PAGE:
Playing Monopoly with your family and friends was a pretty common thing when you were a kid. A lot of us still try to play it when we hang out in groups, but we all know the game usually ends up with someone frustrated.
However, it turns out, the game we all know and love has a controversial past that they don't want you to know about.
The story that the Parker Brothers have been shipping along with their board game is always the same: Charles Darrow invented the game while he was unemployed during the Depression. By inventing the game, he ended up becoming a millionaire and saved his own life. But this isn't true.
Many years later, it was discovered that Parker Brothers have been lying about the origin of their most popular game. They were trying to disguise the fact that the game's history actually predates Monopoly by three decades.
The real history of Monopoly
The actual inventor of the game is a woman named Elizabeth Magie. She was basically forgotten until 1973, when economics professor, Ralph Anspach, uncovered Magie's patents for the original game she created back in 1903.
His discovery unearthed a surprising history about one of the county's favorite games...
Anspach was in a legal battle with the Parker Brothers over his Anti-Monopoly game, when he uncovered the patents that were proof that Darrow didn't come up with the idea himself. He realized that Elizabeth "Lizzie" Magie had been responsible for the entire concept.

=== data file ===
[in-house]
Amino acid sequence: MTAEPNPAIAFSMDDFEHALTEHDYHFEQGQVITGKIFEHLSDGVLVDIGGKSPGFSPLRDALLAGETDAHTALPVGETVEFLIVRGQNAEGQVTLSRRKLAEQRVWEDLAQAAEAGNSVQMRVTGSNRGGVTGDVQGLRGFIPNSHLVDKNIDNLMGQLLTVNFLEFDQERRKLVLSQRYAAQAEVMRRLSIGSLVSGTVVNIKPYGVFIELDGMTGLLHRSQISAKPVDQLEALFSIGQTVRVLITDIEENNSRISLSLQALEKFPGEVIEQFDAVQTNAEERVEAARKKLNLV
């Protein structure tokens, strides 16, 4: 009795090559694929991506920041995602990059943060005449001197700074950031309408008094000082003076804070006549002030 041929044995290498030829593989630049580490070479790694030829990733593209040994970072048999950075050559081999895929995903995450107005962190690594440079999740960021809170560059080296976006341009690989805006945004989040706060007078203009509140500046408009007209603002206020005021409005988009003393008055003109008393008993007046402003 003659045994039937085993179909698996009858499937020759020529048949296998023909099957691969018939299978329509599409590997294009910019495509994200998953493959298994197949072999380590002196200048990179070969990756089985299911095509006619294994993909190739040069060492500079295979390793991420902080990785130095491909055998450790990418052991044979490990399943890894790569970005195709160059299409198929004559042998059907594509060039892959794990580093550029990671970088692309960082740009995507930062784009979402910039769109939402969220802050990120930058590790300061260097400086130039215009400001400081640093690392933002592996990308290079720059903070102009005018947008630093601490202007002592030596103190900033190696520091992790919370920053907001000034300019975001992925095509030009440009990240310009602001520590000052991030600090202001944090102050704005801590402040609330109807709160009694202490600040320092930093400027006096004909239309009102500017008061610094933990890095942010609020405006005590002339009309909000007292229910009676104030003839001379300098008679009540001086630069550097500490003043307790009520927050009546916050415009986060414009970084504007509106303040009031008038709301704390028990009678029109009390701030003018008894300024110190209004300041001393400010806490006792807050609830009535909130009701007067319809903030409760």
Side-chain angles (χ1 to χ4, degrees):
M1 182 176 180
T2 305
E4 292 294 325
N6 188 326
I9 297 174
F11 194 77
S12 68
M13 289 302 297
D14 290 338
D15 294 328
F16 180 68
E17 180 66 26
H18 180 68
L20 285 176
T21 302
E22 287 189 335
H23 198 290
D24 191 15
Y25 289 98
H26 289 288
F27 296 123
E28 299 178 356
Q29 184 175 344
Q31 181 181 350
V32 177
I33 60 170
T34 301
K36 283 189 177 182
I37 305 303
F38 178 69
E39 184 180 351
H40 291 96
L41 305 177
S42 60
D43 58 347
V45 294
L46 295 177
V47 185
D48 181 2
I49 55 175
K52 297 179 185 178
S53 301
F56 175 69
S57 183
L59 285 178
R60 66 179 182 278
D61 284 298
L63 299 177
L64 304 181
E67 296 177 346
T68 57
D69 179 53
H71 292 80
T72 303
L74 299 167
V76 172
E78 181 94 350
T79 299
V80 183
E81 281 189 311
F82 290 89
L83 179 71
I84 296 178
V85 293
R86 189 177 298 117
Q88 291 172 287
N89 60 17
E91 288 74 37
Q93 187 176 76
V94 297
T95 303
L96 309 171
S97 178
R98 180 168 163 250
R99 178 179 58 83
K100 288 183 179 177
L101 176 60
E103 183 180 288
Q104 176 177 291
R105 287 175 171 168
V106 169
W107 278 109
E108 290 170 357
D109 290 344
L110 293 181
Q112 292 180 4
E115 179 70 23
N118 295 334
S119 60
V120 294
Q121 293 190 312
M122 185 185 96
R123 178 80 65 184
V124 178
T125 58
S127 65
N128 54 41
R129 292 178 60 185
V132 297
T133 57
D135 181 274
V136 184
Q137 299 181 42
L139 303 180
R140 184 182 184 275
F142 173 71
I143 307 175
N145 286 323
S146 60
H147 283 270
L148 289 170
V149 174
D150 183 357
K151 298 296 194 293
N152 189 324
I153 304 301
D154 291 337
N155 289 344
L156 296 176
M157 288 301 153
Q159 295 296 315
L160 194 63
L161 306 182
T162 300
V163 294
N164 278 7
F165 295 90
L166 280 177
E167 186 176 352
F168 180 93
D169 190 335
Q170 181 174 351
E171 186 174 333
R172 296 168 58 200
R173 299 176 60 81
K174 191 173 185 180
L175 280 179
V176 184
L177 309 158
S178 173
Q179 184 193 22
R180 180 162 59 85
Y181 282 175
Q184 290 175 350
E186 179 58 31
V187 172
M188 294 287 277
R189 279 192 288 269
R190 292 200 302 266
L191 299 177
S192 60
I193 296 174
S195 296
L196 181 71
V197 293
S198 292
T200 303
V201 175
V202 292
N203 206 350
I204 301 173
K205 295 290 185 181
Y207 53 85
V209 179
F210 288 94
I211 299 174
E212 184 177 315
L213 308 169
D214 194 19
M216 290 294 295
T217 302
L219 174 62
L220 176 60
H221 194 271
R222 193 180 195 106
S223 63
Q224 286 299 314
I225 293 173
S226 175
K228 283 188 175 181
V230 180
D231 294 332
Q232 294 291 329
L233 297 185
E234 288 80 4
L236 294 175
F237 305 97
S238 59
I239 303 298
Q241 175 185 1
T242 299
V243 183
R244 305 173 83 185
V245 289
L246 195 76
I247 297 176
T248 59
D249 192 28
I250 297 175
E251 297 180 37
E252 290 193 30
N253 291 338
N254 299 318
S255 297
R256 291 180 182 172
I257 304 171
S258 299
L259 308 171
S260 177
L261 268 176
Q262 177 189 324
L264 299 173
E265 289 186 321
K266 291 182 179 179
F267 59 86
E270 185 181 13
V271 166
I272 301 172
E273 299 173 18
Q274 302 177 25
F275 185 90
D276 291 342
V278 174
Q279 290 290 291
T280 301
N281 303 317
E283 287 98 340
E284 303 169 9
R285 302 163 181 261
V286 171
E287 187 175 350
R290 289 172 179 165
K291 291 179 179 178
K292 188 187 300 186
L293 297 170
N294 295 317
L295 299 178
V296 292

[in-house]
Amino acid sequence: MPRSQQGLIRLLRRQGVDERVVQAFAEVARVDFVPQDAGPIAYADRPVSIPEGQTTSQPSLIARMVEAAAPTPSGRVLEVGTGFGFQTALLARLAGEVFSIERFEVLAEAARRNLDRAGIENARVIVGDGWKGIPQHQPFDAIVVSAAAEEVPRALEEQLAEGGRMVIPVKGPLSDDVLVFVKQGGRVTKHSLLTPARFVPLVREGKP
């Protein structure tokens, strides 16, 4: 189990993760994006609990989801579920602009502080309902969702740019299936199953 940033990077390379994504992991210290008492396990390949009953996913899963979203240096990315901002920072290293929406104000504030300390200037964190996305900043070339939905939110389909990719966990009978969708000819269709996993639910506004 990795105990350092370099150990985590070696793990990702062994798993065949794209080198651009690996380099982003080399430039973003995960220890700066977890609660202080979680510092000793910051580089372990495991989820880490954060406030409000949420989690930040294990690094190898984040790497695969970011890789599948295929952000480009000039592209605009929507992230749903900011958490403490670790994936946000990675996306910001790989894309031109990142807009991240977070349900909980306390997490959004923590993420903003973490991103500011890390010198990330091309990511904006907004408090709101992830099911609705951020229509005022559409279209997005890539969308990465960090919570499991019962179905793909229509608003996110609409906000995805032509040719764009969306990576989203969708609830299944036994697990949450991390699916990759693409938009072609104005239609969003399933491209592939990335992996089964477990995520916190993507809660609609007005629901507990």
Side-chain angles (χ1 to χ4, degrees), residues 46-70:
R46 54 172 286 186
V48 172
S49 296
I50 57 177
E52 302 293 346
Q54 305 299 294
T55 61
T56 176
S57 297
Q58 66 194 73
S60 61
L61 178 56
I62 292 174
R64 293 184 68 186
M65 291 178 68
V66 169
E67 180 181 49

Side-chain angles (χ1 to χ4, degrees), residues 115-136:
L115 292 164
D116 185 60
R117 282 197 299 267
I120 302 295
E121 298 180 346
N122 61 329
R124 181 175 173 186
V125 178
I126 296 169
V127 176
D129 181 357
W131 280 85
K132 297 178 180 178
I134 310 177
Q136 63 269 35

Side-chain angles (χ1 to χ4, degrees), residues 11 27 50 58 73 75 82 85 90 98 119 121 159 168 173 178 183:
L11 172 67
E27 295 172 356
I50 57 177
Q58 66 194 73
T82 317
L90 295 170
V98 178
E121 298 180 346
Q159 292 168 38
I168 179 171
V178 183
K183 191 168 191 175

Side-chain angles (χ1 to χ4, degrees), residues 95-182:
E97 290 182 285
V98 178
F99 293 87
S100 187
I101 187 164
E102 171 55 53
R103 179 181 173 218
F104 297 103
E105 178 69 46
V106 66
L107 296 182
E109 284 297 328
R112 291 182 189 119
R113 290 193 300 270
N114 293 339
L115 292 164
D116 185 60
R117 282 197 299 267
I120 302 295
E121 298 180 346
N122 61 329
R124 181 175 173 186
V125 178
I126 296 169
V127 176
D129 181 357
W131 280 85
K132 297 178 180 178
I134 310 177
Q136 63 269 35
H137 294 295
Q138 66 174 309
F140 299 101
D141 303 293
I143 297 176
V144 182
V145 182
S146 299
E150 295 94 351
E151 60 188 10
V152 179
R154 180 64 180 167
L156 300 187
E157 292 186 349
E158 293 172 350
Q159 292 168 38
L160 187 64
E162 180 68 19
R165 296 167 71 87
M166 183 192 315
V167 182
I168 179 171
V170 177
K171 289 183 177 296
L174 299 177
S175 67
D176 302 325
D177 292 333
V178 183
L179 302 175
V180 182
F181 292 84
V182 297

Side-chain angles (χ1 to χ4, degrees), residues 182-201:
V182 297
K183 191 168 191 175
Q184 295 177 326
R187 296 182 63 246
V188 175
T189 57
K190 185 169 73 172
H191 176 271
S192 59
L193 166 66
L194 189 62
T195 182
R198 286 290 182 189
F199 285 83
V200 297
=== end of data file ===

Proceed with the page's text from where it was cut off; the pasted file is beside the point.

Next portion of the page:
Magie began working on "The Landlord Game" in the early 1900s. She held fairly progressive views for the time and she wanted a game that reflected that. She began to create the board game, saying that "It is a practical demonstration of the present system of land-grabbing with all its usual outcomes and consequences."
She also said that “It might well have been called the ‘Game of Life’, as it contains all the elements of success and failure in the real world, and the object is the same as the human race in general seem[s] to have, ie, the accumulation of wealth.”
The board looked a little bit different than the way a Monopoly board looks now, but a lot of the same elements are there. There were still railroads and still had a "Go To Jail" space on the board. There were properties for rent all along the edges, that you would loop around over and over.
It was two years after she finally patented the concept of "The Landlord Game" that she first made the physical board game. It quickly became popular with intellectuals, and over the next three decades its popularity grew.
That was when it was discovered by Charles Darrow, who was the one who brought it to Parker Brothers. Darrow managed to secure the royalties to the game, while Lizzie Magie only received a one-time payment of $500.
She was at first excited by the prospect of working with Parker Brothers. She is quoted as saying "some day, I hope you will publish other games of mine, but I don’t think any one of them will be as much trouble to you or as important to me as this one, and I’m sure I wouldn’t make so much fuss over them.”
But she quickly realized that they had other plans for her game. Parker Brothers had changed the design, the name, and the story. By 1936, she was furious enough to speak to the media. She compared her old version version of The Landlord Game to the new Monopoly game, and showed that Parker Brothers had been trying to erase her involvement in the creative process.
Lizzie Magie passed away in 1948, without ever getting any closure on the issue. Sure, she had been paid for the rights, but the history that Darrow was claiming was completely false. To this day Parker Brothers still hasn't really done much to acknowledge the original inventor, even though there have even been books written about the subject.
The Monopolists: Obsession, Fury, and the Scandal Behind the World’s Favorite Board Game was writen by Mary Pilon to expose the company for what they had done, but there are still many people who don't realize that Magie was actually responsible for a lot of people's favorite games.